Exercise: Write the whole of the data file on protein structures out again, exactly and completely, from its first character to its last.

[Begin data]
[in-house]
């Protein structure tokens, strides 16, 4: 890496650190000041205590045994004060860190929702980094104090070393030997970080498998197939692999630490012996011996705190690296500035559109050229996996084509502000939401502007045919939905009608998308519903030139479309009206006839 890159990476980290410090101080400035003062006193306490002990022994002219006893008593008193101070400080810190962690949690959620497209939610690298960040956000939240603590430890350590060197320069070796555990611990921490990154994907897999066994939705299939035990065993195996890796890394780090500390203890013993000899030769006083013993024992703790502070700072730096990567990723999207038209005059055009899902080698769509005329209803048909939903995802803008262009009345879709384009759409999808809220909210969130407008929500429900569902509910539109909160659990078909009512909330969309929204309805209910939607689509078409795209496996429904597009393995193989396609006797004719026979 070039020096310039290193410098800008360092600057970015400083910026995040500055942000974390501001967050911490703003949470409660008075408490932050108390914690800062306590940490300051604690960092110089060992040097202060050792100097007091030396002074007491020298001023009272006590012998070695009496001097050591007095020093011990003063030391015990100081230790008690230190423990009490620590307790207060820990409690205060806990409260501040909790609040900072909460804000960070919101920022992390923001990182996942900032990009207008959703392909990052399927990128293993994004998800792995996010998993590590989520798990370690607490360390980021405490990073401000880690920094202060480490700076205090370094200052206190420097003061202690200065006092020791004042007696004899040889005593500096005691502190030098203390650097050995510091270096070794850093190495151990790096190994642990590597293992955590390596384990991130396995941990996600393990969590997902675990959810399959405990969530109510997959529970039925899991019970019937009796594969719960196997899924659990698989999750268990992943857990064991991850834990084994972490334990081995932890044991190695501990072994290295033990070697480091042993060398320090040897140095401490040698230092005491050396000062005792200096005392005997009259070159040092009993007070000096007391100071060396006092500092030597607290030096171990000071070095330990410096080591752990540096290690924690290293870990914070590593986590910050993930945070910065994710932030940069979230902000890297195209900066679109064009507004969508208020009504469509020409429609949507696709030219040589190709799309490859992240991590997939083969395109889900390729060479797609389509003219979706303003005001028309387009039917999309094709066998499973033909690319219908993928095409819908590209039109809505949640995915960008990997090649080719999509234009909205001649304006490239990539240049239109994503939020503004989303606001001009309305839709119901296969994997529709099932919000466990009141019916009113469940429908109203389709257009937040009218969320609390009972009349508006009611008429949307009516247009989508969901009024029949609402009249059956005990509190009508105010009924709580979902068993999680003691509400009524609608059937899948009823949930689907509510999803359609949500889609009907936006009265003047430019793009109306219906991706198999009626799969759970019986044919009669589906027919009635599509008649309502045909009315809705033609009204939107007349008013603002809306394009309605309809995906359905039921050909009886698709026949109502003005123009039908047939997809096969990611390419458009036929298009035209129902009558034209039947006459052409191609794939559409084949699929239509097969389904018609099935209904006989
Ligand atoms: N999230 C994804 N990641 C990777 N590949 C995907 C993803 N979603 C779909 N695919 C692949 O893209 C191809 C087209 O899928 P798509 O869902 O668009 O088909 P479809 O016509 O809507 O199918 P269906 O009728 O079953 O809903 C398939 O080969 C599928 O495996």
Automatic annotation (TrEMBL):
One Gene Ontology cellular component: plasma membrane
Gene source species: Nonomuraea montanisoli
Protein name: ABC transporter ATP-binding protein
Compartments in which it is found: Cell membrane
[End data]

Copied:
[in-house]
């Protein structure tokens, strides 16, 4: 890496650190000041205590045994004060860190929702980094104090070393030997970080498998197939692999630490012996011996705190690296500035559109050229996996084509502000939401502007045919939905009608998308519903030139479309009206006839 890159990476980290410090101080400035003062006193306490002990022994002219006893008593008193101070400080810190962690949690959620497209939610690298960040956000939240603590430890350590060197320069070796555990611990921490990154994907897999066994939705299939035990065993195996890796890394780090500390203890013993000899030769006083013993024992703790502070700072730096990567990723999207038209005059055009899902080698769509005329209803048909939903995802803008262009009345879709384009759409999808809220909210969130407008929500429900569902509910539109909160659990078909009512909330969309929204309805209910939607689509078409795209496996429904597009393995193989396609006797004719026979 070039020096310039290193410098800008360092600057970015400083910026995040500055942000974390501001967050911490703003949470409660008075408490932050108390914690800062306590940490300051604690960092110089060992040097202060050792100097007091030396002074007491020298001023009272006590012998070695009496001097050591007095020093011990003063030391015990100081230790008690230190423990009490620590307790207060820990409690205060806990409260501040909790609040900072909460804000960070919101920022992390923001990182996942900032990009207008959703392909990052399927990128293993994004998800792995996010998993590590989520798990370690607490360390980021405490990073401000880690920094202060480490700076205090370094200052206190420097003061202690200065006092020791004042007696004899040889005593500096005691502190030098203390650097050995510091270096070794850093190495151990790096190994642990590597293992955590390596384990991130396995941990996600393990969590997902675990959810399959405990969530109510997959529970039925899991019970019937009796594969719960196997899924659990698989999750268990992943857990064991991850834990084994972490334990081995932890044991190695501990072994290295033990070697480091042993060398320090040897140095401490040698230092005491050396000062005792200096005392005997009259070159040092009993007070000096007391100071060396006092500092030597607290030096171990000071070095330990410096080591752990540096290690924690290293870990914070590593986590910050993930945070910065994710932030940069979230902000890297195209900066679109064009507004969508208020009504469509020409429609949507696709030219040589190709799309490859992240991590997939083969395109889900390729060479797609389509003219979706303003005001028309387009039917999309094709066998499973033909690319219908993928095409819908590209039109809505949640995915960008990997090649080719999509234009909205001649304006490239990539240049239109994503939020503004989303606001001009309305839709119901296969994997529709099932919000466990009141019916009113469940429908109203389709257009937040009218969320609390009972009349508006009611008429949307009516247009989508969901009024029949609402009249059956005990509190009508105010009924709580979902068993999680003691509400009524609608059937899948009823949930689907509510999803359609949500889609009907936006009265003047430019793009109306219906991706198999009626799969759970019986044919009669589906027919009635599509008649309502045909009315809705033609009204939107007349008013603002809306394009309605309809995906359905039921050909009886698709026949109502003005123009039908047939997809096969990611390419458009036929298009035209129902009558034209039947006459052409191609794939559409084949699929239509097969389904018609099935209904006989
Ligand atoms: N999230 C994804 N990641 C990777 N590949 C995907 C993803 N979603 C779909 N695919 C692949 O893209 C191809 C087209 O899928 P798509 O869902 O668009 O088909 P479809 O016509 O809507 O199918 P269906 O009728 O079953 O809903 C398939 O080969 C599928 O495996």
Automatic annotation (TrEMBL):
One Gene Ontology cellular component: plasma membrane
Gene source species: Nonomuraea montanisoli
Protein name: ABC transporter ATP-binding protein
Compartments in which it is found: Cell membrane